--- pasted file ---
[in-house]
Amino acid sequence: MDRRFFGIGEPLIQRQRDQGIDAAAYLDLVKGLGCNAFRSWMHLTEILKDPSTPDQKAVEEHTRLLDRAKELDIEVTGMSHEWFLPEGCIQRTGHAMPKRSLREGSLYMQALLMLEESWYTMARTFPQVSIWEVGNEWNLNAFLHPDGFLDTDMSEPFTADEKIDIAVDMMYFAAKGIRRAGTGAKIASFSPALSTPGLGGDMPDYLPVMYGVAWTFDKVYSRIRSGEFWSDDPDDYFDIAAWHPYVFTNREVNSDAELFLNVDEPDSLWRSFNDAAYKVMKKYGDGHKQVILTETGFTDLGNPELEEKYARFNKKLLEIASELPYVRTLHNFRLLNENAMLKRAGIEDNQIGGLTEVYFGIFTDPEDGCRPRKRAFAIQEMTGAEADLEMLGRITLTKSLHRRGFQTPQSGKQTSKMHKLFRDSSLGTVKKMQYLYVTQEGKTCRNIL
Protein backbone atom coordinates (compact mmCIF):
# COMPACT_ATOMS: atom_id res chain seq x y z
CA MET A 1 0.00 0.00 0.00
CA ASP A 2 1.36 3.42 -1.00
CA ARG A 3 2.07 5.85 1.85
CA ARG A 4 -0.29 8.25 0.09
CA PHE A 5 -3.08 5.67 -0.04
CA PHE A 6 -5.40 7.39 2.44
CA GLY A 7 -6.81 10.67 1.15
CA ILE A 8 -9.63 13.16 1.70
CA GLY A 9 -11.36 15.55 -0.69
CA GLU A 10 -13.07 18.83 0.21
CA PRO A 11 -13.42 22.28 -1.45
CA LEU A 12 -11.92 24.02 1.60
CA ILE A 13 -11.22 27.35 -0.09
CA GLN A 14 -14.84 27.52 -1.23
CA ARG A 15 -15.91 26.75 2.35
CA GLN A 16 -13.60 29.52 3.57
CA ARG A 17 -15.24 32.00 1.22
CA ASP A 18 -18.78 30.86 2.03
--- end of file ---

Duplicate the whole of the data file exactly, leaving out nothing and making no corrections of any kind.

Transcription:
[in-house]
Amino acid sequence: MDRRFFGIGEPLIQRQRDQGIDAAAYLDLVKGLGCNAFRSWMHLTEILKDPSTPDQKAVEEHTRLLDRAKELDIEVTGMSHEWFLPEGCIQRTGHAMPKRSLREGSLYMQALLMLEESWYTMARTFPQVSIWEVGNEWNLNAFLHPDGFLDTDMSEPFTADEKIDIAVDMMYFAAKGIRRAGTGAKIASFSPALSTPGLGGDMPDYLPVMYGVAWTFDKVYSRIRSGEFWSDDPDDYFDIAAWHPYVFTNREVNSDAELFLNVDEPDSLWRSFNDAAYKVMKKYGDGHKQVILTETGFTDLGNPELEEKYARFNKKLLEIASELPYVRTLHNFRLLNENAMLKRAGIEDNQIGGLTEVYFGIFTDPEDGCRPRKRAFAIQEMTGAEADLEMLGRITLTKSLHRRGFQTPQSGKQTSKMHKLFRDSSLGTVKKMQYLYVTQEGKTCRNIL
Protein backbone atom coordinates (compact mmCIF):
# COMPACT_ATOMS: atom_id res chain seq x y z
CA MET A 1 0.00 0.00 0.00
CA ASP A 2 1.36 3.42 -1.00
CA ARG A 3 2.07 5.85 1.85
CA ARG A 4 -0.29 8.25 0.09
CA PHE A 5 -3.08 5.67 -0.04
CA PHE A 6 -5.40 7.39 2.44
CA GLY A 7 -6.81 10.67 1.15
CA ILE A 8 -9.63 13.16 1.70
CA GLY A 9 -11.36 15.55 -0.69
CA GLU A 10 -13.07 18.83 0.21
CA PRO A 11 -13.42 22.28 -1.45
CA LEU A 12 -11.92 24.02 1.60
CA ILE A 13 -11.22 27.35 -0.09
CA GLN A 14 -14.84 27.52 -1.23
CA ARG A 15 -15.91 26.75 2.35
CA GLN A 16 -13.60 29.52 3.57
CA ARG A 17 -15.24 32.00 1.22
CA ASP A 18 -18.78 30.86 2.03